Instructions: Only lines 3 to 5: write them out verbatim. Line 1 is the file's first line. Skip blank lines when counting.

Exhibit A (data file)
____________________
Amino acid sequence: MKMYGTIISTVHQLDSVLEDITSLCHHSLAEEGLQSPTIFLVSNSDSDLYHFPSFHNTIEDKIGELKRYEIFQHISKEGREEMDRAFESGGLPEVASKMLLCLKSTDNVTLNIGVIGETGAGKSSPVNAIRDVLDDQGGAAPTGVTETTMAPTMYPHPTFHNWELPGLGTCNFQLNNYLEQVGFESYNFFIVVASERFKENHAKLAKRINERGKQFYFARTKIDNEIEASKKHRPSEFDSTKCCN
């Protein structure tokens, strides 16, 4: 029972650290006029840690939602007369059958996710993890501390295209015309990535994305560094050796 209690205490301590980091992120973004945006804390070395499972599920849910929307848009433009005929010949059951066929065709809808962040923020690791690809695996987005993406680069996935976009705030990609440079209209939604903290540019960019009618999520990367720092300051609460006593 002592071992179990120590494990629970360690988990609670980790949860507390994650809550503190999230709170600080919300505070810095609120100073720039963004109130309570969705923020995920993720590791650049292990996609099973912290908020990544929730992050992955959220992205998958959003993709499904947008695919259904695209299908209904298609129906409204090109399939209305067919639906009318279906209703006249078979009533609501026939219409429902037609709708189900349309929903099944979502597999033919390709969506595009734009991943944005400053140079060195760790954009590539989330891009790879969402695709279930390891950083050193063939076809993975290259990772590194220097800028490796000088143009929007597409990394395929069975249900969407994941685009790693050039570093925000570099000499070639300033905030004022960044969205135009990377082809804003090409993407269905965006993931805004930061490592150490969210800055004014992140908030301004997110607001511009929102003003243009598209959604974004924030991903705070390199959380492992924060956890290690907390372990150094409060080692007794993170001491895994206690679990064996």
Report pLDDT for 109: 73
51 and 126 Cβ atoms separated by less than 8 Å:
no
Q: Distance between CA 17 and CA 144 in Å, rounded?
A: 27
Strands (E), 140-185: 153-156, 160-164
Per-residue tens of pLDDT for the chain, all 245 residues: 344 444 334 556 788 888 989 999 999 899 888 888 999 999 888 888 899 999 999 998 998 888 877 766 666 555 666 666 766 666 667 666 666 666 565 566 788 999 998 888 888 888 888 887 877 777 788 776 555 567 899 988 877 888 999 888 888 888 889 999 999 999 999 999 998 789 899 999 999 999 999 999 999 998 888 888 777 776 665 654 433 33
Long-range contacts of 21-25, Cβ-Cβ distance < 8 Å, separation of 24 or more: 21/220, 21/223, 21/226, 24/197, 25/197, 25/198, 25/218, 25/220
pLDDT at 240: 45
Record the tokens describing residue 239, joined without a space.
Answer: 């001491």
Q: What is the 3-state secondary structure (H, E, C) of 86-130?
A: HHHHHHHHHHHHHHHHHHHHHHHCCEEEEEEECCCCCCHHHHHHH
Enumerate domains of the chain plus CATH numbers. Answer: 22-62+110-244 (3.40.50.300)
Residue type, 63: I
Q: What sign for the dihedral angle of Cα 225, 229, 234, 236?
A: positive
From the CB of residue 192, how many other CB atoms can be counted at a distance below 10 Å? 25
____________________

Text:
Report pLDDT for 109: 73
51 and 126 Cβ atoms separated by less than 8 Å:
no